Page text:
July 1, 2014 Jeff Manes, Sun-Times Media
“The Dunes are to the Midwest what the Grand Canyon is to Arizona and Yosemite is to California. They constitute a signature of time and eternity. Once lost, the loss would be irrevocable.”
— Carl Sandburg
Garry Traynham, deputy superintendent of the 15,000-acre Indiana Dunes National Lakeshore, is nearing retirement. Our interview took place in the conference room at the headquarters off of Mineral Springs Road in Porter.
Traynham, 59, lives in an unincorporated area of LaPorte near Rolling Prairie with his wife Audrey.
“I was born in High Point, North Carolina,” Traynham began.
Garry, I was traveling through North Carolina once and stopped in the mountains of Asheville. I ordered a pizza with pork topping and almost died — food poisoning. I don’t think those folks knew what a pizza was.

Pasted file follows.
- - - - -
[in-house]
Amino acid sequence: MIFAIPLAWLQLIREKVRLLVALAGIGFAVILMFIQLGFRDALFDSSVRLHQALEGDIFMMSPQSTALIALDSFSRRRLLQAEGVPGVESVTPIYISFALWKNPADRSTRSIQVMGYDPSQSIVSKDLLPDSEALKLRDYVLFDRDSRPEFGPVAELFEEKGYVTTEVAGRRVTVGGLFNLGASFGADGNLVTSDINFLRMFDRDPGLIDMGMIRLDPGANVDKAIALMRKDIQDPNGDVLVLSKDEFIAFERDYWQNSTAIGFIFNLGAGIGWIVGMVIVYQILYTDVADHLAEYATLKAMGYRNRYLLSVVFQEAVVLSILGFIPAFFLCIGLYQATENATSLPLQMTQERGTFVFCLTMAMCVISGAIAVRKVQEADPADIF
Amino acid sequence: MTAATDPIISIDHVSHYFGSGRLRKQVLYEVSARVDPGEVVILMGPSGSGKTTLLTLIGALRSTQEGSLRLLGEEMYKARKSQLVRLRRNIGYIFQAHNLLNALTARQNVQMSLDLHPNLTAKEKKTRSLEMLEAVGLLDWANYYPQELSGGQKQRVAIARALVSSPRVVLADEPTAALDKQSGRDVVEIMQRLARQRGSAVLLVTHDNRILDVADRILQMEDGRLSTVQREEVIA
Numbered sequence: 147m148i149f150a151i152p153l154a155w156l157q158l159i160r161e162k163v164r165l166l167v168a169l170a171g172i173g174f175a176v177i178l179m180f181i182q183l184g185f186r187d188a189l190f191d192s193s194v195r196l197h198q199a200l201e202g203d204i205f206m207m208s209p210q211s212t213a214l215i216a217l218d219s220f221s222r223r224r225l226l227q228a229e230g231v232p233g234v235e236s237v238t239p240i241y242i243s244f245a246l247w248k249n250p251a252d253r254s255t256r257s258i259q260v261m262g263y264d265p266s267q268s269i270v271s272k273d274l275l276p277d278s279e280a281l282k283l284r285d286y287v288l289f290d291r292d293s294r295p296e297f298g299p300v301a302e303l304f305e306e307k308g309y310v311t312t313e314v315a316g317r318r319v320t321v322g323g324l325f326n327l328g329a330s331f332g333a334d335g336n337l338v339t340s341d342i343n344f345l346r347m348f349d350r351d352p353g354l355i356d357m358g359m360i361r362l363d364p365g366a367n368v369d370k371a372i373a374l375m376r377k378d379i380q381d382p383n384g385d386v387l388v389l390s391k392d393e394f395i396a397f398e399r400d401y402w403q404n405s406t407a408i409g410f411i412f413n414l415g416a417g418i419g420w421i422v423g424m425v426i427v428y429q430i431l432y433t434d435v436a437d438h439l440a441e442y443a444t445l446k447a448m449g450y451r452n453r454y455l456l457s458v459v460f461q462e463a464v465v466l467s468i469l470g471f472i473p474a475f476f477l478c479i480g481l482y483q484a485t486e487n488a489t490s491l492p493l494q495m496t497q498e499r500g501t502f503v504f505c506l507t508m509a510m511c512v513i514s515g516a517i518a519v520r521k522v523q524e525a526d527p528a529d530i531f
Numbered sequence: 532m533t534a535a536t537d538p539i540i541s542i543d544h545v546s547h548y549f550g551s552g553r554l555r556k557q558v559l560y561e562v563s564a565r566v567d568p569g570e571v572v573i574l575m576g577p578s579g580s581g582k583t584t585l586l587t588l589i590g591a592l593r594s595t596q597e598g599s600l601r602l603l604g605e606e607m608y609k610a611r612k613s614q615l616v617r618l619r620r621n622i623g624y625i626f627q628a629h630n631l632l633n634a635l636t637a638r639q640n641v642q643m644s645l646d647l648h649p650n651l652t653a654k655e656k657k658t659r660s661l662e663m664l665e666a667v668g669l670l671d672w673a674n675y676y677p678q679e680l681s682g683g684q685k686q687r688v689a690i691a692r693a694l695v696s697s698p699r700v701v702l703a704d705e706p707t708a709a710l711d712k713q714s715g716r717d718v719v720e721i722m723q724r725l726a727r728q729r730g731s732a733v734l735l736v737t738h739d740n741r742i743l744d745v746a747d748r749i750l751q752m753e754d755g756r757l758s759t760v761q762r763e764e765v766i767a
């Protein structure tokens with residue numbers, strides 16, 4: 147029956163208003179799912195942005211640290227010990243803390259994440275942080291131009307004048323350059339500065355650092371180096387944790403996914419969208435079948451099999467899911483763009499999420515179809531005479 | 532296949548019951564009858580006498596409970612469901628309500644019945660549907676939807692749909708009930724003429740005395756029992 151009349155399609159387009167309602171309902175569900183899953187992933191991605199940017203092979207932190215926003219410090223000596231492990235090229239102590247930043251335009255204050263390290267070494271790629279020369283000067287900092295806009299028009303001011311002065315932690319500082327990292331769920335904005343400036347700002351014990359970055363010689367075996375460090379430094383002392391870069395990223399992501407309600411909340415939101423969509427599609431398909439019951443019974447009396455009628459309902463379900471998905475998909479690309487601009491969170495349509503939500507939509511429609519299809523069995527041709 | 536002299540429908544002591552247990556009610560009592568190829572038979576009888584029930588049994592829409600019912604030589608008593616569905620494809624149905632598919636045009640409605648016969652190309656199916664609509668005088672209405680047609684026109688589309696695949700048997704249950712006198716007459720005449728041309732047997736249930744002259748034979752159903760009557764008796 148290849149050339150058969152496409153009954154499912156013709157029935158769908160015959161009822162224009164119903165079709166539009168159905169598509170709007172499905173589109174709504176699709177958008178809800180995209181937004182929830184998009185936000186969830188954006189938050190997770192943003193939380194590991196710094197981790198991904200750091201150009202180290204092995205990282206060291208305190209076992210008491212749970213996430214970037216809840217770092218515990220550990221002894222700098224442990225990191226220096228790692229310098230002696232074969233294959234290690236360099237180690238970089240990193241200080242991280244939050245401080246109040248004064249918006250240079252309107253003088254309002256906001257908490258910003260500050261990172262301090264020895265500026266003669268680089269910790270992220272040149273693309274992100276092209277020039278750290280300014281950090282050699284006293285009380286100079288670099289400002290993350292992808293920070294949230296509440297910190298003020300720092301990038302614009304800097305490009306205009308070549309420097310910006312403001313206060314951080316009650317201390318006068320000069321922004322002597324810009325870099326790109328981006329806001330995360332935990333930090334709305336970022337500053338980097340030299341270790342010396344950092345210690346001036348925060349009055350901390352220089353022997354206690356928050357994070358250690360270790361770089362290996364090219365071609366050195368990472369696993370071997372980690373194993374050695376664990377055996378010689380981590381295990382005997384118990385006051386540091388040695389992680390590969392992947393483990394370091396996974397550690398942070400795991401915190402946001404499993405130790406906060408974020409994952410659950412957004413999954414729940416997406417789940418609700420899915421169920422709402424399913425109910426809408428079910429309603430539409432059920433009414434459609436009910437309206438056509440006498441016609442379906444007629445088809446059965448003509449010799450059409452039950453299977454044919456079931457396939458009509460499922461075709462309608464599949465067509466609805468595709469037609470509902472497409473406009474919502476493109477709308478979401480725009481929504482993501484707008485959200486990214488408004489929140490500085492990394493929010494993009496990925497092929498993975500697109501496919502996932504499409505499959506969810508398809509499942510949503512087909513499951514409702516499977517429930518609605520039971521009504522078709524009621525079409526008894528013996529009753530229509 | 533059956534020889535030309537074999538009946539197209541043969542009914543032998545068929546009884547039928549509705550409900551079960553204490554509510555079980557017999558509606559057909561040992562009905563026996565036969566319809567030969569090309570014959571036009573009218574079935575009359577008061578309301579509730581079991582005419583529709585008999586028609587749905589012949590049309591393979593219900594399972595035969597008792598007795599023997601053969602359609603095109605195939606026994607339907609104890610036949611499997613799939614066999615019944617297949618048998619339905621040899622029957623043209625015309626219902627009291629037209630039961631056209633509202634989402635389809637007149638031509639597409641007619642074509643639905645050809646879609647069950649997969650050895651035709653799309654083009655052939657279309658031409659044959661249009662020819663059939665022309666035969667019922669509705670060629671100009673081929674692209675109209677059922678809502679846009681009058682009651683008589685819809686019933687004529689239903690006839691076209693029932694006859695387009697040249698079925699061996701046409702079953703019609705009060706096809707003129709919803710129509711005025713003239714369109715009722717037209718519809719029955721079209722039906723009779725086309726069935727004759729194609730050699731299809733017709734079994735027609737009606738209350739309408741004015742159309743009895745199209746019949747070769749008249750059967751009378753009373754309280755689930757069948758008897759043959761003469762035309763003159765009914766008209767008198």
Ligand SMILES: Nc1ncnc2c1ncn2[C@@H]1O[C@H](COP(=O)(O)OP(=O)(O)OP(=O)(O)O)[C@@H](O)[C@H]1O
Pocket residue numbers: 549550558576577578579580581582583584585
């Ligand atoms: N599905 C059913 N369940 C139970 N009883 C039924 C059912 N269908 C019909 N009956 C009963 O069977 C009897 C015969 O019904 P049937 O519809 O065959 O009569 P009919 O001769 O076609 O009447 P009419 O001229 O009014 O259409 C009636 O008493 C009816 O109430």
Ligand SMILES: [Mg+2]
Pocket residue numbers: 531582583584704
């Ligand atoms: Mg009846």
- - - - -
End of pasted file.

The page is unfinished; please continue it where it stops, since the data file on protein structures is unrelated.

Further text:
“Ha! To be honest, I don’t think I had a pizza until I was in college. We were raised on farm food.”
At what college did you attend?
“North Carolina State. I have a degree in forest resources.”
First job after college?
“On the Blue Ridge Parkway in Virginia. It runs from Shenandoah National Park to the Great Smokies. It’s 460 miles long. I started as a seasonal employee at a place called the Peaks of Otter. I was there for a total of eight years.”
When did you eventually transfer to the Indiana Dunes National Lakeshore?
“In 1997. I have 37 years with the National Park Service.”